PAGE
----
It was somewhat comforting to see the members of the Organization of Petroleum Exporting Countries treat one another civilly at Wednesday's Vienna meeting.
The meeting was the first for the members of the cartel since June, and those present were at least able to walk away with a new output agreement. Under the terms of the agreement, OPEC will target 30 million barrels of production daily. That figure was close to the top of the group's figures during the past three years.
On that basis, Saudi Arabia, which, along with its allies, had clashed with a hawkish faction led by Iran, Algeria, and Venezuela, appears to be back in the cartel's driver's seat. The June session had ended without an agreement, along with a comment from Saudi oil minister Ali Naimi that the session had been "one of the worst meetings we have ever had."
The kingdom has maintained that it had produced fully 10 million barrels a day in November, a 25% hike from its previous OPEC quota. The higher production was generally taken as a demonstration of strength that was intended for Iran and the other price hawks, all of whom are producing as much crude as their systems will allow. The Saudi comments about last month's output along with the magnitude of the figure in the new agreement were likely responsible for prices being down nearly a dollar a barrel through mid-day trading today.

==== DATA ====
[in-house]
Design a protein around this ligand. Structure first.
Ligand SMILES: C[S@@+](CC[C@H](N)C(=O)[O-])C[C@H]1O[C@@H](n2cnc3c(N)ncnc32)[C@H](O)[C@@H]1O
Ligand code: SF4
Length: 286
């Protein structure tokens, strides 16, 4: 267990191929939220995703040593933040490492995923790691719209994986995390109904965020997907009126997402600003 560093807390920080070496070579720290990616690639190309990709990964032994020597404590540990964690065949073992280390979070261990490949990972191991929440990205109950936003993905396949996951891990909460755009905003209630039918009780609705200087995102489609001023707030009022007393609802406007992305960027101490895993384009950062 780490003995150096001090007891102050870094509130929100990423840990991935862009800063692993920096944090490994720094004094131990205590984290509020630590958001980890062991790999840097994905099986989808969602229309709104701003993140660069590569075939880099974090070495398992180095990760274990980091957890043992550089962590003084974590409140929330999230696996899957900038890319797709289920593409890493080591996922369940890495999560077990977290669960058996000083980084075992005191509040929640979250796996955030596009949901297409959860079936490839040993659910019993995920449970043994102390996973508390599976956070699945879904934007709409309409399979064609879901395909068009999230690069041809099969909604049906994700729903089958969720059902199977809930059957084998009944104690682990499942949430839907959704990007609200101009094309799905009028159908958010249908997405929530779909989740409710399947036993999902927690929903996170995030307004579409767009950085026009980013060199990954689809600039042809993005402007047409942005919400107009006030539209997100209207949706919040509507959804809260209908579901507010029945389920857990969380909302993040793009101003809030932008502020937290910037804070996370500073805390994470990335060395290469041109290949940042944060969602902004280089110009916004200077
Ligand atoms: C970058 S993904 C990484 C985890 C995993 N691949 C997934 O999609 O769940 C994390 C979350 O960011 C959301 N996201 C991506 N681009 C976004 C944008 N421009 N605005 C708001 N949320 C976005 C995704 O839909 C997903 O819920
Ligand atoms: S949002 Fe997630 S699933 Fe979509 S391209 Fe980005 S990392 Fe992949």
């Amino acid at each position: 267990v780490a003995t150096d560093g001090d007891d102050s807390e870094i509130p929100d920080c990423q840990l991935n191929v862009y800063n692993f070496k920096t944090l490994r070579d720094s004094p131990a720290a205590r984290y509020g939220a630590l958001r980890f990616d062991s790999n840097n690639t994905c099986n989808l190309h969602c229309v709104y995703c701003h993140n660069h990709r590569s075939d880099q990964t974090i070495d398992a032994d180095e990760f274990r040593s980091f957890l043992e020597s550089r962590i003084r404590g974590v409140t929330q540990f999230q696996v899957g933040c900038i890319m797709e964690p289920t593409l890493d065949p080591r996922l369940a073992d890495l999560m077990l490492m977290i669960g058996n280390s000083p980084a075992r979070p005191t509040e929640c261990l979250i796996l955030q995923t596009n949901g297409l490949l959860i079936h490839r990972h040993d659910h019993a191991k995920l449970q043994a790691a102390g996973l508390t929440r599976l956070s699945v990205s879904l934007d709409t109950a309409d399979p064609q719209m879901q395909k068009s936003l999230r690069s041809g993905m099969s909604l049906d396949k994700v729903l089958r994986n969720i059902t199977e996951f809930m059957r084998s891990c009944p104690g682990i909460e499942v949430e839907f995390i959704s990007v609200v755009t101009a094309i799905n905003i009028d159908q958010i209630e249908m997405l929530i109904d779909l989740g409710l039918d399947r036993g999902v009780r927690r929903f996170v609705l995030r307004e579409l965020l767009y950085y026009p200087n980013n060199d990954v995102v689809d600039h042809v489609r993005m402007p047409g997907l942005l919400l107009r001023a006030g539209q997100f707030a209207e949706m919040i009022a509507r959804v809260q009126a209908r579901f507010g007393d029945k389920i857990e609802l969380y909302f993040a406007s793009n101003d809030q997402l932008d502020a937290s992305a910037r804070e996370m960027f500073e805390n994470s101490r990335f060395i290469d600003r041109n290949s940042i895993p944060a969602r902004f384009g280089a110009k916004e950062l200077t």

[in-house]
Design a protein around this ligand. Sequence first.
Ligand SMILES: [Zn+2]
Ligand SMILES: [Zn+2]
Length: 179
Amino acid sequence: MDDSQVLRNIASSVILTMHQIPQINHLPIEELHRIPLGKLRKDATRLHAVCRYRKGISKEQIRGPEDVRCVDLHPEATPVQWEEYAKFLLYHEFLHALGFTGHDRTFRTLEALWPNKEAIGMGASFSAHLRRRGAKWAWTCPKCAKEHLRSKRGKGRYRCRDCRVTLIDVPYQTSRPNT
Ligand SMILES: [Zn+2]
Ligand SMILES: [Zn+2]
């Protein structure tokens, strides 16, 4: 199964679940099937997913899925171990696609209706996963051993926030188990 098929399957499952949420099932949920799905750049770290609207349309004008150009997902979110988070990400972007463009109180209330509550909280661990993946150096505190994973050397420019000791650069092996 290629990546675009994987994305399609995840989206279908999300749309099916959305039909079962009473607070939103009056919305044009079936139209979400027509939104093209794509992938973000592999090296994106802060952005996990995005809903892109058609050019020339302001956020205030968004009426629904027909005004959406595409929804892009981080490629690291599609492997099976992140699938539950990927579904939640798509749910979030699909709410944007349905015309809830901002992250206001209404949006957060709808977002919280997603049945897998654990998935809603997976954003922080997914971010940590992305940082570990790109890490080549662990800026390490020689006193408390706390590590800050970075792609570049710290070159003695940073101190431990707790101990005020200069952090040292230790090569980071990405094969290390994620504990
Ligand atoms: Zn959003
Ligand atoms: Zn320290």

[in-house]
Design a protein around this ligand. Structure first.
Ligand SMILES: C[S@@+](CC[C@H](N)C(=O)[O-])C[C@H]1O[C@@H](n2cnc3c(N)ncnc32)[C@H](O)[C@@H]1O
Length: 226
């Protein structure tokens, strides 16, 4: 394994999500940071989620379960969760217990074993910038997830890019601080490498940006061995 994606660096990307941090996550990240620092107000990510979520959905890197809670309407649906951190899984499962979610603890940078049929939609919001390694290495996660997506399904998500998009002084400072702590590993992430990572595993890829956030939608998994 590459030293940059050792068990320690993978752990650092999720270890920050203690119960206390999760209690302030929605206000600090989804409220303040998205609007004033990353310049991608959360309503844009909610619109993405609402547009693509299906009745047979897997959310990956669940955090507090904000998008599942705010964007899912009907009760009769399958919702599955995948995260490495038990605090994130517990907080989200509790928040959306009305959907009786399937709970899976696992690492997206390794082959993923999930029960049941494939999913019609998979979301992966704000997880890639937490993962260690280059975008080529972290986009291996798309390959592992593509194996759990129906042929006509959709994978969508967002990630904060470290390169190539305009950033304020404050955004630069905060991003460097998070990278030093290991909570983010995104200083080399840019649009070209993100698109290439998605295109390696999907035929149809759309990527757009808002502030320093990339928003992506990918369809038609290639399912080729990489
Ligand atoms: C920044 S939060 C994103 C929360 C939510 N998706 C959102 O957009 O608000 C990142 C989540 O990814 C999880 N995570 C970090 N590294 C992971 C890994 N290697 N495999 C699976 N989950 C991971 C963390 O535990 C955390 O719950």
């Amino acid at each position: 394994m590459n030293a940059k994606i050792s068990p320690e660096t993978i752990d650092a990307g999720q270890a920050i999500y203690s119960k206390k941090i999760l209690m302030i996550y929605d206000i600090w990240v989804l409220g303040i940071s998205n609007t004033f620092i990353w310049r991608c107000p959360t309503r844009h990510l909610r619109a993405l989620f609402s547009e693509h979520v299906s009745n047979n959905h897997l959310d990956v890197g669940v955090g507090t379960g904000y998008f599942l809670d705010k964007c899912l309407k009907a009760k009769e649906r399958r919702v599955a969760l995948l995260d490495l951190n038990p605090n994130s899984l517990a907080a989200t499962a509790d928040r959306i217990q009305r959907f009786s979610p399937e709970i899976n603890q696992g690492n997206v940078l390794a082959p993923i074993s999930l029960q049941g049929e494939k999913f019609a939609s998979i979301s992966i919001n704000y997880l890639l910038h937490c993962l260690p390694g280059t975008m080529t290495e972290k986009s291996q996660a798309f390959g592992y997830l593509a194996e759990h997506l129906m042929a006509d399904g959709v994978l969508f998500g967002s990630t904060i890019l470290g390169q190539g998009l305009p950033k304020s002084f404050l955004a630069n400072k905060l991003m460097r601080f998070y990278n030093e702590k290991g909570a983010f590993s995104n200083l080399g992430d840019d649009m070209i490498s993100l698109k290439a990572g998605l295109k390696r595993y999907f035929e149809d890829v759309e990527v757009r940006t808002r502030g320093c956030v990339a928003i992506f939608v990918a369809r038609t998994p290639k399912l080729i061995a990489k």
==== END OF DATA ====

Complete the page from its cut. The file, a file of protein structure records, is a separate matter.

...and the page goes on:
The new agreement could be complicated by the resumption of production from Libya. During the country's recent revolution, the likes of Italy's Eni
Given that OPEC's output is essentially a zero-sum game, as the companies working in that country resume prior output levels -- with about half of pre-war export levels anticipated to be resumed by the end of this month -- it'll be necessary (at least officially) for other members to curtail their output. But what is deemed official with the members doesn't always square with their actual performances.
Beyond the cartel's published production quotas -- individual country's targets haven't been publicized -- there are a number of factors that will affect global crude prices. Those factors would include optimism or lack thereof regarding Europe's debt crisis, circumstances in Iraq (with the war having officially ended today), concerns about Iran's nuclear ambitions, and military maneuvers in areas where crude transport levels are high.
At this juncture, it's difficult to envision crude prices moving precipitously in either direction in the short term. As such, I'd recommend that Fools with a taste for energy lead with a bottom-up approach to stock selection.
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